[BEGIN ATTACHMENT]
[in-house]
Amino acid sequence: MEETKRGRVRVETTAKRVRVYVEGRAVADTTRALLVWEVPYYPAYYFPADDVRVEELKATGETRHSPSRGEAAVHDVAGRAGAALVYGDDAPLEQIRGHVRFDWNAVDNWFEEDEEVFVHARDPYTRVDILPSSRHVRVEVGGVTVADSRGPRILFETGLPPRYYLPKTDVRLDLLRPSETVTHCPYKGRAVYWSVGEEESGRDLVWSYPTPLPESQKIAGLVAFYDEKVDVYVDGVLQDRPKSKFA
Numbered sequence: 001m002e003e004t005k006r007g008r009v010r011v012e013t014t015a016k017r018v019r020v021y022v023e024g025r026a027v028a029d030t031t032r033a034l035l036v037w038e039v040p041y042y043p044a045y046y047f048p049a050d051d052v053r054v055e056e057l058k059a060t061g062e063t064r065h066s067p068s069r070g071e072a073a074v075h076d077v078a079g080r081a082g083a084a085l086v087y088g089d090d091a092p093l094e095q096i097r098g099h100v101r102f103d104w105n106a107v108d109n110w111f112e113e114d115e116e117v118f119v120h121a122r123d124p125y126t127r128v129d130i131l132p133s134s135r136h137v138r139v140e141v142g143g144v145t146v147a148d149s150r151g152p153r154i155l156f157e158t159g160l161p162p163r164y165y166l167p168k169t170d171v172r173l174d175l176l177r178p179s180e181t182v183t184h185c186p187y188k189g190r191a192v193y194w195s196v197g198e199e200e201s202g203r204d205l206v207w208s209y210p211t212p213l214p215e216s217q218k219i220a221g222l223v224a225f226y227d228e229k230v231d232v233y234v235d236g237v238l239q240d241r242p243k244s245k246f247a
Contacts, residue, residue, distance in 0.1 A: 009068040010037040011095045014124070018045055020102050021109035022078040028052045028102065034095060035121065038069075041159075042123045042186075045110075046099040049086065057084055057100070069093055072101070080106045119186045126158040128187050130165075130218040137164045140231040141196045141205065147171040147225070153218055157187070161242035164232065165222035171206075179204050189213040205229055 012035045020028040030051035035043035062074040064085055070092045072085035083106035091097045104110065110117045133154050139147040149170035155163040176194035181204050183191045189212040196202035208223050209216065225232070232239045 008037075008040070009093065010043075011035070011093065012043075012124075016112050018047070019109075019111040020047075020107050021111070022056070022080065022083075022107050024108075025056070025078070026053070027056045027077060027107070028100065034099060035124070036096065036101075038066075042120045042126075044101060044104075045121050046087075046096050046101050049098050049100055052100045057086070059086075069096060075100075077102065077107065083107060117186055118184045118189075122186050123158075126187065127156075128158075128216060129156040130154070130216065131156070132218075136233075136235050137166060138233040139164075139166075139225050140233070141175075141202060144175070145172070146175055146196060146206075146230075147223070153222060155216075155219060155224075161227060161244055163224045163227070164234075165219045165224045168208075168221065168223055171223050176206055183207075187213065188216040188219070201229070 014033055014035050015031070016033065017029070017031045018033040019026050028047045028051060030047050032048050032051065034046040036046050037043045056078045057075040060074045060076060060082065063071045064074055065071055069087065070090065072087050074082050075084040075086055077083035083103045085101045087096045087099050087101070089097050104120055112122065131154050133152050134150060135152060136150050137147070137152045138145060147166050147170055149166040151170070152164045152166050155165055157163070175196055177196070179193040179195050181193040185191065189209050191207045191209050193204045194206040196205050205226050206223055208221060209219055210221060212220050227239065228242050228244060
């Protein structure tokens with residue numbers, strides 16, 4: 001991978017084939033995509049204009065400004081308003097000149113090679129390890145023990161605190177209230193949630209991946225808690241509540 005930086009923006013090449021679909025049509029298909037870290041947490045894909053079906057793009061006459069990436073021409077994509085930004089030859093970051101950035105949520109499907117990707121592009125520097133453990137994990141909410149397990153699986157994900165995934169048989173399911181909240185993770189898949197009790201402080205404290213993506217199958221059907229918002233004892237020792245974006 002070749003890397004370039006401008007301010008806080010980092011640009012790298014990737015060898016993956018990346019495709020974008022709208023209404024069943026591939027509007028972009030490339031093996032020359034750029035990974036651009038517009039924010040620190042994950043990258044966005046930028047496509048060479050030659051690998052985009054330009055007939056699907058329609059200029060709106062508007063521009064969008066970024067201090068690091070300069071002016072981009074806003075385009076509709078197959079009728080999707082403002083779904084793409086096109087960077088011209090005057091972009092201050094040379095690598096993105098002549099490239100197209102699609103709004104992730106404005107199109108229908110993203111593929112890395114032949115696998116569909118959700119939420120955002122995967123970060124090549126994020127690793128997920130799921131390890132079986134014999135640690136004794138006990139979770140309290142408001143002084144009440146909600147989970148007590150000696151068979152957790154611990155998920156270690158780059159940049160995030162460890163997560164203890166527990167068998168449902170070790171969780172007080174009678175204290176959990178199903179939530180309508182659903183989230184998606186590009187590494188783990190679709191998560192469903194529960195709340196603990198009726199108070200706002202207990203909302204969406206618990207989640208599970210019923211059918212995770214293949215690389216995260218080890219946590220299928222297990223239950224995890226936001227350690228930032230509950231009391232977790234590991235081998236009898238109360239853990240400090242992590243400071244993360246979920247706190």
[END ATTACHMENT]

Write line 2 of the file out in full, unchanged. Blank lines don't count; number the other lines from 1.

Amino acid sequence: MEETKRGRVRVETTAKRVRVYVEGRAVADTTRALLVWEVPYYPAYYFPADDVRVEELKATGETRHSPSRGEAAVHDVAGRAGAALVYGDDAPLEQIRGHVRFDWNAVDNWFEEDEEVFVHARDPYTRVDILPSSRHVRVEVGGVTVADSRGPRILFETGLPPRYYLPKTDVRLDLLRPSETVTHCPYKGRAVYWSVGEEESGRDLVWSYPTPLPESQKIAGLVAFYDEKVDVYVDGVLQDRPKSKFA